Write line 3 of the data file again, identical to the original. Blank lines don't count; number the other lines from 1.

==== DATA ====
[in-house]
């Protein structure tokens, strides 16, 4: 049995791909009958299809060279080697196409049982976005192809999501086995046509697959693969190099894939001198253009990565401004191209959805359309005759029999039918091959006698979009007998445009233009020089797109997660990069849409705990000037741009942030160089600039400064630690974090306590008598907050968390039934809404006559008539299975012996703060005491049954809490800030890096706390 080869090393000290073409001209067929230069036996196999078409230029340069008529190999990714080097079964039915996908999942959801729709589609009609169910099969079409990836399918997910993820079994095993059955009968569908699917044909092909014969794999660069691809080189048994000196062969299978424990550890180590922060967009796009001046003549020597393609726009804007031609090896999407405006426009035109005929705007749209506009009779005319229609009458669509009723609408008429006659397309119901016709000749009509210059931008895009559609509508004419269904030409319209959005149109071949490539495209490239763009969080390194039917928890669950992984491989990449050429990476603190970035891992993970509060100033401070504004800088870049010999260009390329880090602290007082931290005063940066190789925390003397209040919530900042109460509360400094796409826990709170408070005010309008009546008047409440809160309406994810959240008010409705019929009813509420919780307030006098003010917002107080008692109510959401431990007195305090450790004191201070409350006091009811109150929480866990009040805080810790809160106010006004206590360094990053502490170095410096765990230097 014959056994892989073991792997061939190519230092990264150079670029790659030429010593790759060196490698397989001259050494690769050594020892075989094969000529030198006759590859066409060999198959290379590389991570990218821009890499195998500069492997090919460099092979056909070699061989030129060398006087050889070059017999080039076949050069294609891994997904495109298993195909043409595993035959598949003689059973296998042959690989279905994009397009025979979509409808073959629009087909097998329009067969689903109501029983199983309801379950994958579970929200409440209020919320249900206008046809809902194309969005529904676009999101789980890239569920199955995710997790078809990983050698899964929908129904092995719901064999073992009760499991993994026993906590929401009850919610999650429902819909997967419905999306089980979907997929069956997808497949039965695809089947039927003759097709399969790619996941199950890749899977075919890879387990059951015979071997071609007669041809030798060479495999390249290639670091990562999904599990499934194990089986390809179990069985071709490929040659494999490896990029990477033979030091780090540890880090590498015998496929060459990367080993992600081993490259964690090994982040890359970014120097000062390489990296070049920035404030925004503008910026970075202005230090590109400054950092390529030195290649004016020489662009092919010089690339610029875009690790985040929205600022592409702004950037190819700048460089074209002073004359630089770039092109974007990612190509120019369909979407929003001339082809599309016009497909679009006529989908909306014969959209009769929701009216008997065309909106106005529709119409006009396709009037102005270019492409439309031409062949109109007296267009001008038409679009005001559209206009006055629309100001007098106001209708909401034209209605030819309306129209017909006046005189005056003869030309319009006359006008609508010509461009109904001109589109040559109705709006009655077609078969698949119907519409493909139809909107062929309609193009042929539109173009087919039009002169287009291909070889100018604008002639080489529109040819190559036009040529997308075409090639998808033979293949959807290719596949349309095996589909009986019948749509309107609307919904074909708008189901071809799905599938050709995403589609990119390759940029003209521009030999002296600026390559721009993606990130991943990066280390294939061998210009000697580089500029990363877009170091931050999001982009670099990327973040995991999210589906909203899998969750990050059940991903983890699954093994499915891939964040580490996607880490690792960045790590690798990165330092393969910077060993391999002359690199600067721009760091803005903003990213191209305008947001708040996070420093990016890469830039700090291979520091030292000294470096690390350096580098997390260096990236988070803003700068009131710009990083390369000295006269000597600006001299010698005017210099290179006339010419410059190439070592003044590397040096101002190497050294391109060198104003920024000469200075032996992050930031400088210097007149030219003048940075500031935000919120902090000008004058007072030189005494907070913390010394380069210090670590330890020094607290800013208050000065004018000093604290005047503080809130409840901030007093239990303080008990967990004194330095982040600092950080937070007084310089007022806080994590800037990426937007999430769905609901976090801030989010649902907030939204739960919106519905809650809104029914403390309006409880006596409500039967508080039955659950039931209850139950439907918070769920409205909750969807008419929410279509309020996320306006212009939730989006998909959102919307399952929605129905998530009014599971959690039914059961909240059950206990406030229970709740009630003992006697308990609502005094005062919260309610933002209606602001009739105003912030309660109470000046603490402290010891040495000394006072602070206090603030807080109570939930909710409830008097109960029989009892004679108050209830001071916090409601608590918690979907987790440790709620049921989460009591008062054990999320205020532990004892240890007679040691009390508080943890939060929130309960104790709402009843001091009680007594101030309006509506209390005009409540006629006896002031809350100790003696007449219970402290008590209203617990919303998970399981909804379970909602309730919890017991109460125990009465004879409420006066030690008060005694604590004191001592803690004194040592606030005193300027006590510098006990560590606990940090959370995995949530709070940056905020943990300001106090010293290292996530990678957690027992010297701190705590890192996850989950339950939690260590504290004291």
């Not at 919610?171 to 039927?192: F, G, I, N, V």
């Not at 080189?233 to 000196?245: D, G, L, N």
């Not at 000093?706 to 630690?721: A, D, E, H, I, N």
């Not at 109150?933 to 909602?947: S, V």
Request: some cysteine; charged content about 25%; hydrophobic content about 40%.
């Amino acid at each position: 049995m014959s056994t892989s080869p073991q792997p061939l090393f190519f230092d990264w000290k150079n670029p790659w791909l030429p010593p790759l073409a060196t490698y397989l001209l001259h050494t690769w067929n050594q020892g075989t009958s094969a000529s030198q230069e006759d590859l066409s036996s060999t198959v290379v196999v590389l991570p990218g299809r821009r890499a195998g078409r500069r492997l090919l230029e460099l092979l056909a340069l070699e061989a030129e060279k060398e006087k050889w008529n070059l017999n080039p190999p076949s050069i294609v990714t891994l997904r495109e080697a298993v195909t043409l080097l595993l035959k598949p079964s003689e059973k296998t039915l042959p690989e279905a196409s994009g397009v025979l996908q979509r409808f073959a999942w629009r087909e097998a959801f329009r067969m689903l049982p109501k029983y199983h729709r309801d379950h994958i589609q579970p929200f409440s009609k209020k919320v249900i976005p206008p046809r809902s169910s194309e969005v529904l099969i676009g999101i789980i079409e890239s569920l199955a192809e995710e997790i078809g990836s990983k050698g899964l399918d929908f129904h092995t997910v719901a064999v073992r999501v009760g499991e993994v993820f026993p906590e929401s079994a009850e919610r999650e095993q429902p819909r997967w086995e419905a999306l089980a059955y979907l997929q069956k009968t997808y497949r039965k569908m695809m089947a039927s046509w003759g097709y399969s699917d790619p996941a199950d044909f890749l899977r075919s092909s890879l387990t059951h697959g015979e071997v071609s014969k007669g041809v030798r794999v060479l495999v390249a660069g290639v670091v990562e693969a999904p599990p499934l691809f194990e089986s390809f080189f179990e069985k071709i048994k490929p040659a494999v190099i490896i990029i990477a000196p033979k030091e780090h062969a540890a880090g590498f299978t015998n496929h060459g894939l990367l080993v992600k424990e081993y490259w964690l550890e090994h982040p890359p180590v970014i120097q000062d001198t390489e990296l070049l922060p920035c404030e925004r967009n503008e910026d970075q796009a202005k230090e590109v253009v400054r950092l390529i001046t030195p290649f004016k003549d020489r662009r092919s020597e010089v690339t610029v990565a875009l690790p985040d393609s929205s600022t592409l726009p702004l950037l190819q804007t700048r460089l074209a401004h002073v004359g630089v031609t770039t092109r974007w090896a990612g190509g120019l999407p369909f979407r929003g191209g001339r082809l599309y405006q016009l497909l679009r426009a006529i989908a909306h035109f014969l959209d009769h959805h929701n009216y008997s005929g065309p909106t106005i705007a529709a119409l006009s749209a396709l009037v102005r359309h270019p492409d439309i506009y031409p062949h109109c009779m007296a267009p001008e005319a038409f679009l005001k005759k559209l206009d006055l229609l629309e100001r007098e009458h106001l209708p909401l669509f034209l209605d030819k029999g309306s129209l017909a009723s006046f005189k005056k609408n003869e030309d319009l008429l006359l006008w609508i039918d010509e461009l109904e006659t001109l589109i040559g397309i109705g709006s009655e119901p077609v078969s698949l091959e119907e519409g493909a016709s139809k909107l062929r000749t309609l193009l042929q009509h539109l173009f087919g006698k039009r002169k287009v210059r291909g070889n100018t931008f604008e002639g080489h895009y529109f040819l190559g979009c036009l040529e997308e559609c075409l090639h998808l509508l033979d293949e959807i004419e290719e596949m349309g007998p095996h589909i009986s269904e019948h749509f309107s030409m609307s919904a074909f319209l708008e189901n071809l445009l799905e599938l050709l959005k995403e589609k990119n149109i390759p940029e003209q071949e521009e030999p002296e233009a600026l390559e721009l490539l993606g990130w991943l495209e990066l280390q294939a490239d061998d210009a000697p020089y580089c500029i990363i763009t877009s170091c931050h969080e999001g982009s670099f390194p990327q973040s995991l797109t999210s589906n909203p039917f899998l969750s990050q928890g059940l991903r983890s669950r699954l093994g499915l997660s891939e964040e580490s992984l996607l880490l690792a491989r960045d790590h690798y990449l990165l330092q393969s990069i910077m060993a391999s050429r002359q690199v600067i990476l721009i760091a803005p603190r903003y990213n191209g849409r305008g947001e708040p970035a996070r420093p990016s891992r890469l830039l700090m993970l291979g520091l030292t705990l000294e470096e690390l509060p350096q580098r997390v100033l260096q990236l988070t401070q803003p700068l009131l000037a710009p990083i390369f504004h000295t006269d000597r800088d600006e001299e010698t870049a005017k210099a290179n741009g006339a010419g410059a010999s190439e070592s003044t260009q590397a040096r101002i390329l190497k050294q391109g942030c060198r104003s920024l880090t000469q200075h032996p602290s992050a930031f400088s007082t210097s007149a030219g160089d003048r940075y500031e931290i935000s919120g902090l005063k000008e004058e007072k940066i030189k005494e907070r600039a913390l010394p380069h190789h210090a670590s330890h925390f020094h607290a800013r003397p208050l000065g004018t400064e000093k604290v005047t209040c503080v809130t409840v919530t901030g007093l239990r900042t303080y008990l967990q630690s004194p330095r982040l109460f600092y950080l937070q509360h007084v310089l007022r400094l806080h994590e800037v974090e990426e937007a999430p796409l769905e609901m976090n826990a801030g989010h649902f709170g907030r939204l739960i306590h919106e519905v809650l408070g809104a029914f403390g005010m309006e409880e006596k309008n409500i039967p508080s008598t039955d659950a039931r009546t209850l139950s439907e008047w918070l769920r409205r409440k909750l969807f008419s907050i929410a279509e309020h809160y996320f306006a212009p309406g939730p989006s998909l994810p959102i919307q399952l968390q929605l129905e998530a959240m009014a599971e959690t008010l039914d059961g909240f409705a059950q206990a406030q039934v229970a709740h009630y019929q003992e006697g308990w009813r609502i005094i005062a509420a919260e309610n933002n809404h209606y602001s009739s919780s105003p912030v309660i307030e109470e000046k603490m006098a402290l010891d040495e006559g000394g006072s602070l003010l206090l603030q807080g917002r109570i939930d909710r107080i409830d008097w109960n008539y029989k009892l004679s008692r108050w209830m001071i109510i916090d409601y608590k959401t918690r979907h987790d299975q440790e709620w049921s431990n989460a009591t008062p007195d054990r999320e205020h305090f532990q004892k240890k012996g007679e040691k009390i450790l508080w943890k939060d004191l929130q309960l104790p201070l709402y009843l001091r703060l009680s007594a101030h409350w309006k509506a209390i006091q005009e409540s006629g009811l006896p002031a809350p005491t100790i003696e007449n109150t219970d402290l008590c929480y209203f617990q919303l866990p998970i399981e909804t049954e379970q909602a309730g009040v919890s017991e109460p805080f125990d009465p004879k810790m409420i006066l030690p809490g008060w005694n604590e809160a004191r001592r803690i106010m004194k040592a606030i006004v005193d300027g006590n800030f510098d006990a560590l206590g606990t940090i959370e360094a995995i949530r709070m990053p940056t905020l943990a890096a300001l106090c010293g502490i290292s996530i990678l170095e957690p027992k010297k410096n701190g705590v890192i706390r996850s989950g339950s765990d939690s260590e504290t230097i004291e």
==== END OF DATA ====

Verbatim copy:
């Not at 919610?171 to 039927?192: F, G, I, N, V």